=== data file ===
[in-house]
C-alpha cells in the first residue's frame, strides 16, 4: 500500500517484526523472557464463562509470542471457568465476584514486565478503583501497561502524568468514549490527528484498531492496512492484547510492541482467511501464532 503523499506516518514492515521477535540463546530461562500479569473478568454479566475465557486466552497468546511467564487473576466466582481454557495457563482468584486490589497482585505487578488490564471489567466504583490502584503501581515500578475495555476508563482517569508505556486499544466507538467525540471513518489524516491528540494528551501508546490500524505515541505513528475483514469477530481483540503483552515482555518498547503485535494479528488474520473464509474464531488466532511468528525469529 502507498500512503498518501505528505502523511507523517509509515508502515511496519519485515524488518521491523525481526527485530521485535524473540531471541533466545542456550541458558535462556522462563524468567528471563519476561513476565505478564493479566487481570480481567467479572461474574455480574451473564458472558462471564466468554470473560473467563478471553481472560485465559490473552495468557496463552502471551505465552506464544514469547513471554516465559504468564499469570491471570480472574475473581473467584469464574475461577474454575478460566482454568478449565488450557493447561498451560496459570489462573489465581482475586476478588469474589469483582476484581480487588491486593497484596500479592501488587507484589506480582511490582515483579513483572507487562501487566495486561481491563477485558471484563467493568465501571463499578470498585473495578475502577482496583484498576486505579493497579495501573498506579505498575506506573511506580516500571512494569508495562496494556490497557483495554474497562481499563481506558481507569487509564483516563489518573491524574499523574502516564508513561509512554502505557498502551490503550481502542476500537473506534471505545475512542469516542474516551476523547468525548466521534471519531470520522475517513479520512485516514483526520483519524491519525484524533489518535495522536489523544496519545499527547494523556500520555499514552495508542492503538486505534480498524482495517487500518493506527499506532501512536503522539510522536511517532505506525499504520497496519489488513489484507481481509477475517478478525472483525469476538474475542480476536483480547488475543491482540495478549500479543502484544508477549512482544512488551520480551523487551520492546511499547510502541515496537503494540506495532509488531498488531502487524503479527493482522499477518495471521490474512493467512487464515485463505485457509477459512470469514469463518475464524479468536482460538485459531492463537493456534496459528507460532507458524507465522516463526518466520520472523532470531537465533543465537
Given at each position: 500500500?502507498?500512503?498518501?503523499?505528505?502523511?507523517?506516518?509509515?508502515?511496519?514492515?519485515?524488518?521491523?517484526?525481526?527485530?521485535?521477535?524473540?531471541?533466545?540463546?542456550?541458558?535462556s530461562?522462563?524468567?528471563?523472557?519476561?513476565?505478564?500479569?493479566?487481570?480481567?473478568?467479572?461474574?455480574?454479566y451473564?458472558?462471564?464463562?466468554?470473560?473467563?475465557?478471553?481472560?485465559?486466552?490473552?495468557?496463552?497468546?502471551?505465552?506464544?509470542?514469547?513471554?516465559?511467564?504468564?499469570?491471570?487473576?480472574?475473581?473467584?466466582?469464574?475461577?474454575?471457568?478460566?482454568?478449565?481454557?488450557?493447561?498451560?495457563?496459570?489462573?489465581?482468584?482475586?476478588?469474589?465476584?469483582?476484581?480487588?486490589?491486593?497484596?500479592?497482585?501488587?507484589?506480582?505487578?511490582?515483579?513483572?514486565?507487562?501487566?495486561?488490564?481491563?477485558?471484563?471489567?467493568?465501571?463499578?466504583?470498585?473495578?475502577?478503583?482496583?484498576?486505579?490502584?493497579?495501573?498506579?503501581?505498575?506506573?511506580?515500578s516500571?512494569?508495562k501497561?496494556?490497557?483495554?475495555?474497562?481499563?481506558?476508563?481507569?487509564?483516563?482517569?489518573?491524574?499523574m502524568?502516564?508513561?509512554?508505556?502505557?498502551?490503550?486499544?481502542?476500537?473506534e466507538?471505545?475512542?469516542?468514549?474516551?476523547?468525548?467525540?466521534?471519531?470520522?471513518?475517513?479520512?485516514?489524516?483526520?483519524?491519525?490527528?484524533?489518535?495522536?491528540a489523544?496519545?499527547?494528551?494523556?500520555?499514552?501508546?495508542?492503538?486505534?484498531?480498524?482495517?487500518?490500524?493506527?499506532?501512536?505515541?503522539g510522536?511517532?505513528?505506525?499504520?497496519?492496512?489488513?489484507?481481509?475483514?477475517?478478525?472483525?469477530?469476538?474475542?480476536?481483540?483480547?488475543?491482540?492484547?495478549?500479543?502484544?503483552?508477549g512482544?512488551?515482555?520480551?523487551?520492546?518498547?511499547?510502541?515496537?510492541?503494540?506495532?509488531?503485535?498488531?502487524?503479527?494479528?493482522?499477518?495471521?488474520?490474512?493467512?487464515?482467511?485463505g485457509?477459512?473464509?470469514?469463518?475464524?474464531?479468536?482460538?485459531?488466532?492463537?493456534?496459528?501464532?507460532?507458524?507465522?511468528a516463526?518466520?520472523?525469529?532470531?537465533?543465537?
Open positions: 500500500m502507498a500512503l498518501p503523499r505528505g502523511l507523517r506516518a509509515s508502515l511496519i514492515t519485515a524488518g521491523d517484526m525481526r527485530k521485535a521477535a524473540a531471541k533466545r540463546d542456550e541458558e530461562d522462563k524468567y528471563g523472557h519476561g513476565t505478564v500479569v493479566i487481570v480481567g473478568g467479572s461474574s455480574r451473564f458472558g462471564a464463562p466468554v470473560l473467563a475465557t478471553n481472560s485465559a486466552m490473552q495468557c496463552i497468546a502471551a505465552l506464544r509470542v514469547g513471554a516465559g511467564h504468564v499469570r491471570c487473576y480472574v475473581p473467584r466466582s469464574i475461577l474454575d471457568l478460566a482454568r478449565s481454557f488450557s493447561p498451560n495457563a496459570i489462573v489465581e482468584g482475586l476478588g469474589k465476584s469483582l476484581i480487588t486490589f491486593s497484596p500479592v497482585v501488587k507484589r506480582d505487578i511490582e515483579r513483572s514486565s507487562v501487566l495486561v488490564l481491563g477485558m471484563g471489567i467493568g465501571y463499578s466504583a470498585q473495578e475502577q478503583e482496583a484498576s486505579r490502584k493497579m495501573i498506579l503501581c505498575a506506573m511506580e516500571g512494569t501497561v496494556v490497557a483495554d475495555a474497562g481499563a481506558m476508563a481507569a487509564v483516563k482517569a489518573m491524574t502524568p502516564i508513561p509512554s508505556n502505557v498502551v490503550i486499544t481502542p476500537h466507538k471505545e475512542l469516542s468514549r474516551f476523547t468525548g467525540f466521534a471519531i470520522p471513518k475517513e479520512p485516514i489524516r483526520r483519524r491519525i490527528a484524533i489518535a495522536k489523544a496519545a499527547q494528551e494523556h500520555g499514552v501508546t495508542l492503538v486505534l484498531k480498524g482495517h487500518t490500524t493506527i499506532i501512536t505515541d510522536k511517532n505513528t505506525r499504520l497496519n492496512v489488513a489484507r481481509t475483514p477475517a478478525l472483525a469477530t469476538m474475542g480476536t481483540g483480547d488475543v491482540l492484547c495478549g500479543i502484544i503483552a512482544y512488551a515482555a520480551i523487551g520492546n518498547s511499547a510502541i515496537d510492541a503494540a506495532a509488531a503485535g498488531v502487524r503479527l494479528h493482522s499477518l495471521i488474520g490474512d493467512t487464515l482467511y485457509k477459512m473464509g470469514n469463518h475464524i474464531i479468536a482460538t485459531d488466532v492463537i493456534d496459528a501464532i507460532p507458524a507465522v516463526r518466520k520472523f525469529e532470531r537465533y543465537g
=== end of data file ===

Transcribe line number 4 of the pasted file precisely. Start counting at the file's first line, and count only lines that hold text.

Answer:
Open positions: 500500500m502507498a500512503l498518501p503523499r505528505g502523511l507523517r506516518a509509515s508502515l511496519i514492515t519485515a524488518g521491523d517484526m525481526r527485530k521485535a521477535a524473540a531471541k533466545r540463546d542456550e541458558e530461562d522462563k524468567y528471563g523472557h519476561g513476565t505478564v500479569v493479566i487481570v480481567g473478568g467479572s461474574s455480574r451473564f458472558g462471564a464463562p466468554v470473560l473467563a475465557t478471553n481472560s485465559a486466552m490473552q495468557c496463552i497468546a502471551a505465552l506464544r509470542v514469547g513471554a516465559g511467564h504468564v499469570r491471570c487473576y480472574v475473581p473467584r466466582s469464574i475461577l474454575d471457568l478460566a482454568r478449565s481454557f488450557s493447561p498451560n495457563a496459570i489462573v489465581e482468584g482475586l476478588g469474589k465476584s469483582l476484581i480487588t486490589f491486593s497484596p500479592v497482585v501488587k507484589r506480582d505487578i511490582e515483579r513483572s514486565s507487562v501487566l495486561v488490564l481491563g477485558m471484563g471489567i467493568g465501571y463499578s466504583a470498585q473495578e475502577q478503583e482496583a484498576s486505579r490502584k493497579m495501573i498506579l503501581c505498575a506506573m511506580e516500571g512494569t501497561v496494556v490497557a483495554d475495555a474497562g481499563a481506558m476508563a481507569a487509564v483516563k482517569a489518573m491524574t502524568p502516564i508513561p509512554s508505556n502505557v498502551v490503550i486499544t481502542p476500537h466507538k471505545e475512542l469516542s468514549r474516551f476523547t468525548g467525540f466521534a471519531i470520522p471513518k475517513e479520512p485516514i489524516r483526520r483519524r491519525i490527528a484524533i489518535a495522536k489523544a496519545a499527547q494528551e494523556h500520555g499514552v501508546t495508542l492503538v486505534l484498531k480498524g482495517h487500518t490500524t493506527i499506532i501512536t505515541d510522536k511517532n505513528t505506525r499504520l497496519n492496512v489488513a489484507r481481509t475483514p477475517a478478525l472483525a469477530t469476538m474475542g480476536t481483540g483480547d488475543v491482540l492484547c495478549g500479543i502484544i503483552a512482544y512488551a515482555a520480551i523487551g520492546n518498547s511499547a510502541i515496537d510492541a503494540a506495532a509488531a503485535g498488531v502487524r503479527l494479528h493482522s499477518l495471521i488474520g490474512d493467512t487464515l482467511y485457509k477459512m473464509g470469514n469463518h475464524i474464531i479468536a482460538t485459531d488466532v492463537i493456534d496459528a501464532i507460532p507458524a507465522v516463526r518466520k520472523f525469529e532470531r537465533y543465537g